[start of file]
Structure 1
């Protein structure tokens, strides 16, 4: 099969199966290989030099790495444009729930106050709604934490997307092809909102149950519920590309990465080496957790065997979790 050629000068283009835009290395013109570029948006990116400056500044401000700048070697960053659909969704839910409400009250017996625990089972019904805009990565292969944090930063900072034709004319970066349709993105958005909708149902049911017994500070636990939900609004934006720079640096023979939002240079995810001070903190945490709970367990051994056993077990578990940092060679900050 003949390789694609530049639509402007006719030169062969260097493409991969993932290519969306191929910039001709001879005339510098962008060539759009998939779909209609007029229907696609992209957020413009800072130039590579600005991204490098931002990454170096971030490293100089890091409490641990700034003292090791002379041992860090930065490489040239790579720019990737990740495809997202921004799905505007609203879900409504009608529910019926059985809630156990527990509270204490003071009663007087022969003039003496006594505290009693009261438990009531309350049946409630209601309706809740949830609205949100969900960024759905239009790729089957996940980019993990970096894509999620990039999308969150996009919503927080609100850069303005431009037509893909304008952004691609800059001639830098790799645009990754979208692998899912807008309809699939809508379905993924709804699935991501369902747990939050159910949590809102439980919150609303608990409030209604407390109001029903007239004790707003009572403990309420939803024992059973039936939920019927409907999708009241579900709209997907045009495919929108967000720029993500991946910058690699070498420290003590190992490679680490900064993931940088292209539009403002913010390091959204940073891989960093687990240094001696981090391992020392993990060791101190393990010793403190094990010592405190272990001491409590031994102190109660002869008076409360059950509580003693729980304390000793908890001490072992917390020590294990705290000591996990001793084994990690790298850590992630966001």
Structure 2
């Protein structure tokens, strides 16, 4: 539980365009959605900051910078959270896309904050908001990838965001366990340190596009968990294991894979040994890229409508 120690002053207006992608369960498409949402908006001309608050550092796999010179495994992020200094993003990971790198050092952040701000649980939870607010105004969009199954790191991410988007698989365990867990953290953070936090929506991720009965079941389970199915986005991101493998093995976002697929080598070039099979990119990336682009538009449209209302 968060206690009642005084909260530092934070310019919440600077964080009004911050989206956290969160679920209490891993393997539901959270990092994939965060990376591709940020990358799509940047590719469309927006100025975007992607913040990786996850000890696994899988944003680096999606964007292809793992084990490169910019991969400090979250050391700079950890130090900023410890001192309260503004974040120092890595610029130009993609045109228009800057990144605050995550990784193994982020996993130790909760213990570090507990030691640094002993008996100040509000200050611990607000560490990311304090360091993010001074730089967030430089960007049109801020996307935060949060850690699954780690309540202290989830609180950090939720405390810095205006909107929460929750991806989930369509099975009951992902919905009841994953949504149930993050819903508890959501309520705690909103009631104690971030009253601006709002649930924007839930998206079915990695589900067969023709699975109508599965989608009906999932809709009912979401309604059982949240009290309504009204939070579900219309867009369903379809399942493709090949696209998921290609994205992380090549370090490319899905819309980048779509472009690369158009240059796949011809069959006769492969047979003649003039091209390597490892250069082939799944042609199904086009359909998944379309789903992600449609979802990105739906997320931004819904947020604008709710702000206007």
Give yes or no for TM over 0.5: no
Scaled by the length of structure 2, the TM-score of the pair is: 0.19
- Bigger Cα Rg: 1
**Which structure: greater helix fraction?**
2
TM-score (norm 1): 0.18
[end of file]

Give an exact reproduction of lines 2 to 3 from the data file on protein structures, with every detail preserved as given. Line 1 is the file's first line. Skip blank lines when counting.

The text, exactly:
């Protein structure tokens, strides 16, 4: 099969199966290989030099790495444009729930106050709604934490997307092809909102149950519920590309990465080496957790065997979790 050629000068283009835009290395013109570029948006990116400056500044401000700048070697960053659909969704839910409400009250017996625990089972019904805009990565292969944090930063900072034709004319970066349709993105958005909708149902049911017994500070636990939900609004934006720079640096023979939002240079995810001070903190945490709970367990051994056993077990578990940092060679900050 003949390789694609530049639509402007006719030169062969260097493409991969993932290519969306191929910039001709001879005339510098962008060539759009998939779909209609007029229907696609992209957020413009800072130039590579600005991204490098931002990454170096971030490293100089890091409490641990700034003292090791002379041992860090930065490489040239790579720019990737990740495809997202921004799905505007609203879900409504009608529910019926059985809630156990527990509270204490003071009663007087022969003039003496006594505290009693009261438990009531309350049946409630209601309706809740949830609205949100969900960024759905239009790729089957996940980019993990970096894509999620990039999308969150996009919503927080609100850069303005431009037509893909304008952004691609800059001639830098790799645009990754979208692998899912807008309809699939809508379905993924709804699935991501369902747990939050159910949590809102439980919150609303608990409030209604407390109001029903007239004790707003009572403990309420939803024992059973039936939920019927409907999708009241579900709209997907045009495919929108967000720029993500991946910058690699070498420290003590190992490679680490900064993931940088292209539009403002913010390091959204940073891989960093687990240094001696981090391992020392993990060791101190393990010793403190094990010592405190272990001491409590031994102190109660002869008076409360059950509580003693729980304390000793908890001490072992917390020590294990705290000591996990001793084994990690790298850590992630966001």
Structure 2